by Mia Gradick • 5 min read
Our argument at the U.S. Supreme Court in our Faithful Carrier case is only about a month away. As our day in court approaches, more and more Americans are coming together to support our client Gerald Groff in this important legal fight.
We’re happy to announce that 34 friend-of-the-court (amicus) briefs were recently filed at the nation’s highest court supporting Gerald’s case. A diverse coalition of major national organizations and leaders are taking a stand for his rights, including:
This broad showing of support for Gerald highlights how vital this case is for religious liberty. It’s clear that many Americans recognize the huge implications it could have for every religious person in the workplace.
The Faithful Carrier case focuses on USPS denying Gerald Groff a religious accommodation to observe the Sunday Sabbath. However, the case is much broader in its implications, possibly protecting religious beliefs of all Christians at work, as well as the religious beliefs of the Jewish and other faiths.
State Attorneys General, for example, argue in their brief that “Religious minorities—people who seek to worship their own God, in their own way, and on their own time” are often the ones most “adversely affected” in the workplace. They point to a poorly reasoned case from the 1970’s, Trans World Airlines v. Hardison, which tips the balance in favor of employers over the religious rights of employees. They explain that this case has led to religious exemption claims “proven dead on arrival” and “employer[s] [making] no attempt to accommodate.” Their brief adds:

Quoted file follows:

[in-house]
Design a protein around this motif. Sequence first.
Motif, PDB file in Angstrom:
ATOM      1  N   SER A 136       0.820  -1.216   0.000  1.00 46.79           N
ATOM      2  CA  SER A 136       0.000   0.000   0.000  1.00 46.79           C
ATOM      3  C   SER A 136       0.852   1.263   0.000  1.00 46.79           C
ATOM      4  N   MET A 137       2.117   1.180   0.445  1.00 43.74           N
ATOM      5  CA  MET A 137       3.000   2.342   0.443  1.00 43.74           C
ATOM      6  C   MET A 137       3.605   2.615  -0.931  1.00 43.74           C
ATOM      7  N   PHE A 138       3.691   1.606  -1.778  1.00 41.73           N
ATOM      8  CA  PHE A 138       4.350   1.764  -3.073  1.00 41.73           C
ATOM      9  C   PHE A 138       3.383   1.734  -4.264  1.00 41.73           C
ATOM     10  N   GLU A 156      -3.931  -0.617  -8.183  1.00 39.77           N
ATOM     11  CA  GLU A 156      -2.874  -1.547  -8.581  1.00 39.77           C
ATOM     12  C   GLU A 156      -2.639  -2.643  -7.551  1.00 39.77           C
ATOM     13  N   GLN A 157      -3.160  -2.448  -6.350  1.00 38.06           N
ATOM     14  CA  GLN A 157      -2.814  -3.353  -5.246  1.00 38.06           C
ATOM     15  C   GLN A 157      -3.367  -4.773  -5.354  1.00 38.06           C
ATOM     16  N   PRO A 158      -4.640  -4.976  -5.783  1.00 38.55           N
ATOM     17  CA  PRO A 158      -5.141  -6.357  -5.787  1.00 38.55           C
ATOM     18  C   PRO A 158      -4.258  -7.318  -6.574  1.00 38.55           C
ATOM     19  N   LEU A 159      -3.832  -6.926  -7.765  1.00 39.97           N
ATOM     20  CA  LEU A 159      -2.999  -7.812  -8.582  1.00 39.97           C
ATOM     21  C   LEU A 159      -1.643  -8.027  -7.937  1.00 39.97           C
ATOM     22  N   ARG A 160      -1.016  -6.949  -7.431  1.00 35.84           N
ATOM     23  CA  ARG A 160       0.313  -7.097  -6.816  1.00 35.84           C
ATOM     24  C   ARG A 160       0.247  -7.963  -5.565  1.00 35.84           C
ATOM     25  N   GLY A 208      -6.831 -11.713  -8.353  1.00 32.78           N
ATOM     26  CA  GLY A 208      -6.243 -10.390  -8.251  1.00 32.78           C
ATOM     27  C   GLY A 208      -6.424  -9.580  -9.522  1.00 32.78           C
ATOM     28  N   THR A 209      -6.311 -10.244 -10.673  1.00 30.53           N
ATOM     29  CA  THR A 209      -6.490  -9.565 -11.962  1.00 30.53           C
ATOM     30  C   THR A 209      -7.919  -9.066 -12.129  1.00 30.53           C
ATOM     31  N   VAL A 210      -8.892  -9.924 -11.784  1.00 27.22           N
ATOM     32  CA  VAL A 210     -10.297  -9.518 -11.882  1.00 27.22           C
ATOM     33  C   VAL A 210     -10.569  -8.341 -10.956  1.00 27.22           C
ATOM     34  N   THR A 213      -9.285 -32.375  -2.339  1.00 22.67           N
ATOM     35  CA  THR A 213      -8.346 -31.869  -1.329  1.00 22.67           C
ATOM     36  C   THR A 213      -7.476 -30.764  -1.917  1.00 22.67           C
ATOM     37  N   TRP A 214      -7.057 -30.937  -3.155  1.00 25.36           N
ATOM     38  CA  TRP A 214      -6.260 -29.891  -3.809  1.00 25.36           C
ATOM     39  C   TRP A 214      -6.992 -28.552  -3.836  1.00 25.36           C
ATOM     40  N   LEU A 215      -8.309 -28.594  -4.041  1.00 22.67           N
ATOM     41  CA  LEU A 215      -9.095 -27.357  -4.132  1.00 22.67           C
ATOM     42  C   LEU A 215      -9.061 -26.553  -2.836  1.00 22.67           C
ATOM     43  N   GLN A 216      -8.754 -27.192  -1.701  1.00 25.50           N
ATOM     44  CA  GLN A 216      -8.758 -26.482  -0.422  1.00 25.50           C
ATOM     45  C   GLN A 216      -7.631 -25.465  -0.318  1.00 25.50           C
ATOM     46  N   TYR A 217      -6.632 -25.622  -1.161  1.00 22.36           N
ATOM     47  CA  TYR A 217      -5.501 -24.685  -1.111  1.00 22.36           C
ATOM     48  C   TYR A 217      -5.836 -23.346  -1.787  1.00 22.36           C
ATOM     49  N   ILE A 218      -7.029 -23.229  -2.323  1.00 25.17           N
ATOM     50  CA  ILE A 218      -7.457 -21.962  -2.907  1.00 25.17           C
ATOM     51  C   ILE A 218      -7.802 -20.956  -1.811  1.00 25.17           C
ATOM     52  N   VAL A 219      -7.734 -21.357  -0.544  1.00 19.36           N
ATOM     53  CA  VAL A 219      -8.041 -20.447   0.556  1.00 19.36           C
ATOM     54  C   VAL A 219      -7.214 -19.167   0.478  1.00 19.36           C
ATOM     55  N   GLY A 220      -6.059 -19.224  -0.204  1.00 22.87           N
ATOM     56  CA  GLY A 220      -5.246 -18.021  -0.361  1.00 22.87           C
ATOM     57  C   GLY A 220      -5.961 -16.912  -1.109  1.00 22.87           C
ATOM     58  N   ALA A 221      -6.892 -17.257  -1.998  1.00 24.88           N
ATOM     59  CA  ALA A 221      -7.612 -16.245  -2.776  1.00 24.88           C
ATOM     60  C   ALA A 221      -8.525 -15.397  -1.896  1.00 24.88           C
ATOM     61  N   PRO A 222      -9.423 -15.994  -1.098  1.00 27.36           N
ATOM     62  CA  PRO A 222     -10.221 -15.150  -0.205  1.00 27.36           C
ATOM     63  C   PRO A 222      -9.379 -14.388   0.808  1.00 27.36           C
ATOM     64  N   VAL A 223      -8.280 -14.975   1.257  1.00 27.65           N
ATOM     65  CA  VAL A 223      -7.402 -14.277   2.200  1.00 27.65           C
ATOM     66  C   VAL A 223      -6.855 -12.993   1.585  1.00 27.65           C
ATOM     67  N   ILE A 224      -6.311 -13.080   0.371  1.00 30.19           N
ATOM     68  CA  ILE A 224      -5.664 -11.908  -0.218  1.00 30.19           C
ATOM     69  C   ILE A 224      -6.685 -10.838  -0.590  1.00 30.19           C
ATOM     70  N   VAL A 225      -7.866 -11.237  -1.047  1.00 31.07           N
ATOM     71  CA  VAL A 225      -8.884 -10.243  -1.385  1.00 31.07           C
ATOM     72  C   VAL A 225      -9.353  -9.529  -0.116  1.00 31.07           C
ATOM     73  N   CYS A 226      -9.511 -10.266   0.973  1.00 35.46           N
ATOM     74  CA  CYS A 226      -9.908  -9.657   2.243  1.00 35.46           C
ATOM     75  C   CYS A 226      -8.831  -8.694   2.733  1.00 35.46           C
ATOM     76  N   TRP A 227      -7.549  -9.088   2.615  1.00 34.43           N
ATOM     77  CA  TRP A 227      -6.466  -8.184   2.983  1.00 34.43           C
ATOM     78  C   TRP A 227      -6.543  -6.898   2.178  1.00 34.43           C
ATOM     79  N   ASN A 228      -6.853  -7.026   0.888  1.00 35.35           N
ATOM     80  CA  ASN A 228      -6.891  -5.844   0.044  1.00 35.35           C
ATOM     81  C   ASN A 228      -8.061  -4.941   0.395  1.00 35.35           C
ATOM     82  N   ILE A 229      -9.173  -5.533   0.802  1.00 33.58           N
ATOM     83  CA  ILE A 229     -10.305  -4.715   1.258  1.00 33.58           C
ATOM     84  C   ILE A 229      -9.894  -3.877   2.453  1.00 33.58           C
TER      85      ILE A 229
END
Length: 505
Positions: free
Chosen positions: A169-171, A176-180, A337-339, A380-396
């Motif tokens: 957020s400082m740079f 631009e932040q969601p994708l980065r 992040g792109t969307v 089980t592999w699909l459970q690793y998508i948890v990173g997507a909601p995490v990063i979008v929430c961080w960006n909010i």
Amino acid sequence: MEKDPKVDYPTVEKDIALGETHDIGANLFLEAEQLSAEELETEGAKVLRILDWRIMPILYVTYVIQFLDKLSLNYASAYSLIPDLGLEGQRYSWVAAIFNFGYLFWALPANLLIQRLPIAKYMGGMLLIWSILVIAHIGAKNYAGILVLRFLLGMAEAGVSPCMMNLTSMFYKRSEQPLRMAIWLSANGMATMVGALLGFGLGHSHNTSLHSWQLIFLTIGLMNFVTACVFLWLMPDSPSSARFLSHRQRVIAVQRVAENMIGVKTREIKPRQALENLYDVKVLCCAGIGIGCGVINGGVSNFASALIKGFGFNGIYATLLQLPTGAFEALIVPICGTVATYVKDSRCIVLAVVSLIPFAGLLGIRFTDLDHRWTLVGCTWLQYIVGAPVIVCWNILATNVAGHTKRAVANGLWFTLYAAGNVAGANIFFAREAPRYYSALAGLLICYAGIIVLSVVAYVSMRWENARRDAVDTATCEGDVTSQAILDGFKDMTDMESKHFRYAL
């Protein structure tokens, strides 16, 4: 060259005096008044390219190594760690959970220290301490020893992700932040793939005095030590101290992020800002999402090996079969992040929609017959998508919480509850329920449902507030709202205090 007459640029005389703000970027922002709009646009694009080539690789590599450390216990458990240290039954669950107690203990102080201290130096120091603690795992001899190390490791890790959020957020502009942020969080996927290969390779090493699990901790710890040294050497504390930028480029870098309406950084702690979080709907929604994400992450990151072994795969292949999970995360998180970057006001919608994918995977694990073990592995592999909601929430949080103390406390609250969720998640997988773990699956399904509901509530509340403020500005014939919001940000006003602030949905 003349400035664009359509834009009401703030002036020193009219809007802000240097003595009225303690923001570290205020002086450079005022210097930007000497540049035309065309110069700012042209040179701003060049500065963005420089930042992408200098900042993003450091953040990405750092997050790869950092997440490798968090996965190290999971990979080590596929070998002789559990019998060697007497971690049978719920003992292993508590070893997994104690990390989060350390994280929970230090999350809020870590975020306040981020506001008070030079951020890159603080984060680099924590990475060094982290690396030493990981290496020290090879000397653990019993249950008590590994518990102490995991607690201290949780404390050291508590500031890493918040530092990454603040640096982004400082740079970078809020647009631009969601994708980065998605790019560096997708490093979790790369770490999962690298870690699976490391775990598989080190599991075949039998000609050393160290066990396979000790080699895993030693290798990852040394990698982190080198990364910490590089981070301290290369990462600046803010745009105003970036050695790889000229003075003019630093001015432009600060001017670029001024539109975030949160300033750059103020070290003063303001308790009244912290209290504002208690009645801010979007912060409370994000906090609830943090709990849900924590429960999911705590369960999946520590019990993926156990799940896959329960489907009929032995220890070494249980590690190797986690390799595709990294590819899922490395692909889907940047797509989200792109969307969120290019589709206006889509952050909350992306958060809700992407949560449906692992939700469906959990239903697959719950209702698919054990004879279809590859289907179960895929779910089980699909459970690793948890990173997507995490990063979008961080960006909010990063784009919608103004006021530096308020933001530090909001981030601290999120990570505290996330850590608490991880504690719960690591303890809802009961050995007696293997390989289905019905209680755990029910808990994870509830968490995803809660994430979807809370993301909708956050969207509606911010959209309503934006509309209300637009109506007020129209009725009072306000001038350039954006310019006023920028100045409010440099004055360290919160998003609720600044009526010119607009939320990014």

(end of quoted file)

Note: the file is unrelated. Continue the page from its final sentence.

“Accommodating religious observance and practice is well worth it. Religious accommodation makes for a better workforce for both employees and employers…Religious respect shouldn’t disappear over concerns of a few dollars and cents.”
Several minority faith organizations submitted a brief arguing that “religious minorities will continue to face the ‘cruel choice of surrendering their religion or their job’ unless this Court corrects Hardison’s misinterpretation of Title VII.” Title VII of the 1964 Civil Rights Act states that companies cannot retaliate against employees because of their religious beliefs and practices. The law requires employers to accommodate the sincerely held religious beliefs of their employees when it does not pose an undue hardship on the employer.
Seventh Day Adventist and Jewish groups—for whom Saturday Sabbath observance is a core part of their religious traditions—also filed briefs. They argue the current legal test “has gutted workplace protections for religious minorities and has subordinated employees’ sincere religious exercise to employers’ desire to minimize inconvenience and cost.” They urge the Court to “overturn Hardison and restore the plain meaning of Title VII, which requires employers to accommodate employees’ religious exercise absent significant difficulty or expense.”
The brief submitted by members of Congress doesn’t mince words. They urge the Supreme Court to “correct its error before any more persons of faith, like Gerald Groff, are forced to decide between their job and their God.”
These briefs are important steps forward in getting Gerald closer to victory. But there’s still a lot of work ahead of us over the next month. Our attorneys are working diligently to make sure our arguments are razor-sharp.
The clock is ticking for our April 18th argument. There’s a lot at stake with this case and Gerald is really counting on us. Please donate today to help us secure a victory for Gerald—and for religious workers of all faiths—at the Supreme Court.